Why Women Should Do More Literary Manspreading
Stop self-editing and let yourself ramble like a man
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M y last book, set in post-WWII Germany, was 353 pages when it was published.The chapters on my computer, however, total over a thousand pages: plotlines abandoned, roads taken and then backtracked, scenes written and then cut because I worried that they didn’t further the plot or deepen the characters and themes. In my research, I discovered fascinating pieces of history I might have liked to delve deeper into but didn’t (or did and then cut) because to do so seemed indulgent — to go down these rabbit holes, I felt, would scratch my own itch rather than that of my readers. And ultimately, wasn’t my mandate as a novelist to please them? Didn’t they want me to hew close to the bone, to justify every word and phrase? During the seven years I spent writing, I kept tight reins on my word count.
This isn’t a bad thing — I’m proud of the book I wrote. But lately I have been wondering what it would be like to turn off the reflexive editor in my mind, to allow myself digression and diversion, to write unfettered by my own cautionary voice. Not better—but different.
Lately I have been wondering what it would be like to turn off the reflexive editor in my mind, to allow myself digression and diversion.
This thought is not an abstraction. It comes from a recent heightened awareness of a phenomenon that I’ll call literary man-spreading — the tendency of male writers to take up more space (measured in pages and digressions) than women writers usually feel entitled to. Infinite Jest comes to mind, or Mason & Dixon, or Underworld; books with lengthy digressions into esoteric subjects, long excursions off topic, and vast, sometimes unwieldy scope.
These can be wonderful books — Jonathan Franzen’s Freedom and Philip Roth’s American Pastoral (which is only 423 pages, but stylistically fits the bill) are two of my personal favorites. There is a particular magic to an immersive and sprawling novel, and a thrill in following a confident writer on a scenic route through his imagination’s wilderness. Of course they can be terrible too — overlong and self-indulgent, stuffed with showy displays of information and smug postmodern tricks a reader is likely to skim over. But either way, many of these novels are met with both critical and sales success. Apparently readers are willing to follow a good writer down a long and winding road.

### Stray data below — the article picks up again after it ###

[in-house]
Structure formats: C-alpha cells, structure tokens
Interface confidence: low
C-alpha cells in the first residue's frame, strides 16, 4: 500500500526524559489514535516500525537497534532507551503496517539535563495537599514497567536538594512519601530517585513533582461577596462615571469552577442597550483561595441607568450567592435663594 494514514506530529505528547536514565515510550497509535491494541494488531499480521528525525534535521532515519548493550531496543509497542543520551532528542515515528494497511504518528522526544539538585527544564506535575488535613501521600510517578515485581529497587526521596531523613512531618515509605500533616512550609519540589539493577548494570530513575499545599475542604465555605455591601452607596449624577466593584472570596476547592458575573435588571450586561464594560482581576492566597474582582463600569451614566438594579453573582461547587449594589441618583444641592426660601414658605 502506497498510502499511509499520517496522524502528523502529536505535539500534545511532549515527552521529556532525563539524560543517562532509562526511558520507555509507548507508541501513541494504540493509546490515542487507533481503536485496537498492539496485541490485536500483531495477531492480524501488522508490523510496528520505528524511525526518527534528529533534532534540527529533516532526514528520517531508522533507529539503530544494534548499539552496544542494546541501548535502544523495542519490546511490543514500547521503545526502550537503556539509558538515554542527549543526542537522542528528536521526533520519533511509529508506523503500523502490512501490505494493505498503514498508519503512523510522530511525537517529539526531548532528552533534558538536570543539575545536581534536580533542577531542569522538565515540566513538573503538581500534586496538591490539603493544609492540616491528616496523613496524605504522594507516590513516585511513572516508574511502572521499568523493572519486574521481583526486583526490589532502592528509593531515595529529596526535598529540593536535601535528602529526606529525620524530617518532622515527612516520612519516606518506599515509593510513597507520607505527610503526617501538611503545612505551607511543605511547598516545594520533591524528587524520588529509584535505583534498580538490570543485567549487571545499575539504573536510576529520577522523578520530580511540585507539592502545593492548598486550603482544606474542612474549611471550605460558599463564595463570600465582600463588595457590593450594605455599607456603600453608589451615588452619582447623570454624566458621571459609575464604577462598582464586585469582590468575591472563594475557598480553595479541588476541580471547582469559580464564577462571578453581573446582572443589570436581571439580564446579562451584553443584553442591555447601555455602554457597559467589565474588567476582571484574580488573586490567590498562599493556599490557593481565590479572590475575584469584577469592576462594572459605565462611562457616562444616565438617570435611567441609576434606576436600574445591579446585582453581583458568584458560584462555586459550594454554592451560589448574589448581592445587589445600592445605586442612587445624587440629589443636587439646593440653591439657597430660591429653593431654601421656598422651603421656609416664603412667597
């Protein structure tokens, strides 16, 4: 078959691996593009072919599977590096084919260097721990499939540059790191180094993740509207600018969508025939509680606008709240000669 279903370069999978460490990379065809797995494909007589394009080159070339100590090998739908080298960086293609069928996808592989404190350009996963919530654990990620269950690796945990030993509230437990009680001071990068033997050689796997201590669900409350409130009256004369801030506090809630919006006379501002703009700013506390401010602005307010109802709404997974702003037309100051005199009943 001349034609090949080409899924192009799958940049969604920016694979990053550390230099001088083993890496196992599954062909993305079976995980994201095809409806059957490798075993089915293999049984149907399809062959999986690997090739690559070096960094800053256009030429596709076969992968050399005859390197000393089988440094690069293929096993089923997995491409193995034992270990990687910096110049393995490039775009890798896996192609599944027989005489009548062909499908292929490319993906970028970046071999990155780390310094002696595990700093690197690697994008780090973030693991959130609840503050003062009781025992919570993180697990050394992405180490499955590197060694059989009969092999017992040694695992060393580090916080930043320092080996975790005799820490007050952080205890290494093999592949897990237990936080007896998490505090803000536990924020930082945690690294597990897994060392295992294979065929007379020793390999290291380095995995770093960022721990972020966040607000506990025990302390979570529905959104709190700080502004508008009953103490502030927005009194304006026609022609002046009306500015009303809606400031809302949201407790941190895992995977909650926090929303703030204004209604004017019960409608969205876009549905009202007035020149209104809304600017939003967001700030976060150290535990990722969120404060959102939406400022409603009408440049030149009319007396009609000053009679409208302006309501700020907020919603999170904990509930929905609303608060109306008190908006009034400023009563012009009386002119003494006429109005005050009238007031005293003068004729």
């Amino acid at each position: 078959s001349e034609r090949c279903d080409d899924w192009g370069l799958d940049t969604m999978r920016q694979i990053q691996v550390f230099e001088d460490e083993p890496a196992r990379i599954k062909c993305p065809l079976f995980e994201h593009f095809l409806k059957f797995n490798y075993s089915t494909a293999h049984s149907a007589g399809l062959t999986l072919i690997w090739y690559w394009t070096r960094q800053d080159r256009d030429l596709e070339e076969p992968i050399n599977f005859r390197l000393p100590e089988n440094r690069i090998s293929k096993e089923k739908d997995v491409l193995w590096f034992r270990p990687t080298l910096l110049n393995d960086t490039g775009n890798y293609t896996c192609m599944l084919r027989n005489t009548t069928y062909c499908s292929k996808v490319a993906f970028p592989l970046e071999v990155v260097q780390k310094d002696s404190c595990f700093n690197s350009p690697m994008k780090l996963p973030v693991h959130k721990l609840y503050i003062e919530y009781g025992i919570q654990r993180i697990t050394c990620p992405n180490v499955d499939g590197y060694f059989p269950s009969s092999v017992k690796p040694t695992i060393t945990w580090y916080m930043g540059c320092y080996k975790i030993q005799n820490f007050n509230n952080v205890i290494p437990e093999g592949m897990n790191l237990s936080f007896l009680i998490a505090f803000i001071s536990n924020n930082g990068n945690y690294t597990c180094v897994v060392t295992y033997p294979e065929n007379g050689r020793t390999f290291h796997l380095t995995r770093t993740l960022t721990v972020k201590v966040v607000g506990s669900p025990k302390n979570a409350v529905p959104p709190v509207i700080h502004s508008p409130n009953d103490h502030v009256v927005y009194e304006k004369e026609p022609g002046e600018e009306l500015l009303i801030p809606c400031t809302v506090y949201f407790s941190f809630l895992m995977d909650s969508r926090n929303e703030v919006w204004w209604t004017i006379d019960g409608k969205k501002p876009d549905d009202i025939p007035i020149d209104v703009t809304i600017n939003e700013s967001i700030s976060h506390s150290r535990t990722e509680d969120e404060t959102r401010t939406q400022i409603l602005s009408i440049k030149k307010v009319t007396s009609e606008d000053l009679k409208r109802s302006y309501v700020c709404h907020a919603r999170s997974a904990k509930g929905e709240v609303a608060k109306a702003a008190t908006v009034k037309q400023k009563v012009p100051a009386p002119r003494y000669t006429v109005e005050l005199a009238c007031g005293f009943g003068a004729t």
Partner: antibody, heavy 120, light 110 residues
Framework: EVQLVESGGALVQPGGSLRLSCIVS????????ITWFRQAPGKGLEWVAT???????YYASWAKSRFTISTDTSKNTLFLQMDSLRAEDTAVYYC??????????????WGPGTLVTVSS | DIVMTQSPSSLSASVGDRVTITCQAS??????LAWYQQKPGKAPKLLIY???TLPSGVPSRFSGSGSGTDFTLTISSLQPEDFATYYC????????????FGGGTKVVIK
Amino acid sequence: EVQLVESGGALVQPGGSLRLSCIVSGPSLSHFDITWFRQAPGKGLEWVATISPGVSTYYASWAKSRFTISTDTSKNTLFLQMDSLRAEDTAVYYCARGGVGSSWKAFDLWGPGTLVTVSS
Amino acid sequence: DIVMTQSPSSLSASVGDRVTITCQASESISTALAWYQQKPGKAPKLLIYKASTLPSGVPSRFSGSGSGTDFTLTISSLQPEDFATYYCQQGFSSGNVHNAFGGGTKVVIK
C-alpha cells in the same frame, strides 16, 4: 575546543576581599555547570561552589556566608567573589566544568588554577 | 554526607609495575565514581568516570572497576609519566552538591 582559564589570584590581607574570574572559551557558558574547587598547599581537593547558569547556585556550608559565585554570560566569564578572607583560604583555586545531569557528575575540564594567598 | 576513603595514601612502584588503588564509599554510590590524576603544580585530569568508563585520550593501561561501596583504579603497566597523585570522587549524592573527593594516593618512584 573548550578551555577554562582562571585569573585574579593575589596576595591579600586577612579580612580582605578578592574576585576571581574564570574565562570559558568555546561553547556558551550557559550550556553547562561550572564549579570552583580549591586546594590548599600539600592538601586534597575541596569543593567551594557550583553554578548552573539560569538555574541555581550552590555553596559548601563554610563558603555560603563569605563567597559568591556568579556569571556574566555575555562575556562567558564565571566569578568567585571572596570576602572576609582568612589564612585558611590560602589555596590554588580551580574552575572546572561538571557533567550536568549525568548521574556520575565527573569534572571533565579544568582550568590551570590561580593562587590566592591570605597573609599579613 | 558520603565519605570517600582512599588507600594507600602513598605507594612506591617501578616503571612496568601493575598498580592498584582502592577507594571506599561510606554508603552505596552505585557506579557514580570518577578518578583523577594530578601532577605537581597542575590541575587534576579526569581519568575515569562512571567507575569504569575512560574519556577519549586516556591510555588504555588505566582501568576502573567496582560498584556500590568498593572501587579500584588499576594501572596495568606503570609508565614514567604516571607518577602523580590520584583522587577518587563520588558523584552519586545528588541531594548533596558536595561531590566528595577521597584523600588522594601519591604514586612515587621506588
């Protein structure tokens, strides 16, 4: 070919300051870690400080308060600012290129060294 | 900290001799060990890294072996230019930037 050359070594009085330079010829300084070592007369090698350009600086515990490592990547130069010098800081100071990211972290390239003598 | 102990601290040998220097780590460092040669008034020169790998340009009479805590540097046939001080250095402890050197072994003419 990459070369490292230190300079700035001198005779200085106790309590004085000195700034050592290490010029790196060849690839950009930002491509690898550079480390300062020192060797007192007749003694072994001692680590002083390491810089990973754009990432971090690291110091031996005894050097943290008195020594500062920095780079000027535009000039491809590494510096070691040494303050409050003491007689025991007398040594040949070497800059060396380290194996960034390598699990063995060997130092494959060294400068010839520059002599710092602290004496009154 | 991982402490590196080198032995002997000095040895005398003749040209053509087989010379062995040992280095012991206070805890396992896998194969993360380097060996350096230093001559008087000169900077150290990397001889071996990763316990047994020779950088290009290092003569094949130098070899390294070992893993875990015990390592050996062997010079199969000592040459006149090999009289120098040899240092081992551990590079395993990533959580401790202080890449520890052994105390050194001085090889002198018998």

So why are so few of these novels written by women?
Only three of Vulture’s “26 Long Books worth the time they’ll take to read” are by women (and one of these is the quartet of Elena Ferrante novels counted as one book). Only ten of Goodreads’ “49 Best Very Long Novels” are by women, and 5 of these are by the fantasy author Jaqueline Carey.
It’s tempting to point fingers: to claim that editors and agents view an 800-page manuscript from a male author with excitement, whereas they view the same from a female author with skepticism. Or to insist that readers are willing to log the hours into Nathan Hill’s The Nix, but wouldn’t if it were written by Natalie Hill. As Meg Wolitzer postulated in her 2012 NY Times essay “The Second Shelf,” if a woman “writes a doorstop filled with free associations about life and love and childbirth and war, and jokes and recipes and maybe even a novel-within-a-novel, and anything else that will fit inside an endlessly elastic membrane, she risks being labeled undisciplined and self-indulgent.”
Historically (as in, six years ago) this was surely true. But recent examples of long novels by women have been applauded — Pachinko, A Little Life, The Goldfinch. And even before this, there are examples of such successes, from Doris Lessing’s Golden Notebook to Margaret Mitchell’s Gone with the Wind. These long works, though, aren’t marked by the same level or kind of digression that I think of as second to page number in defining the genre. For better or worse, literary manspreading is marked by an everything-but-the-kitchen-sink approach to content.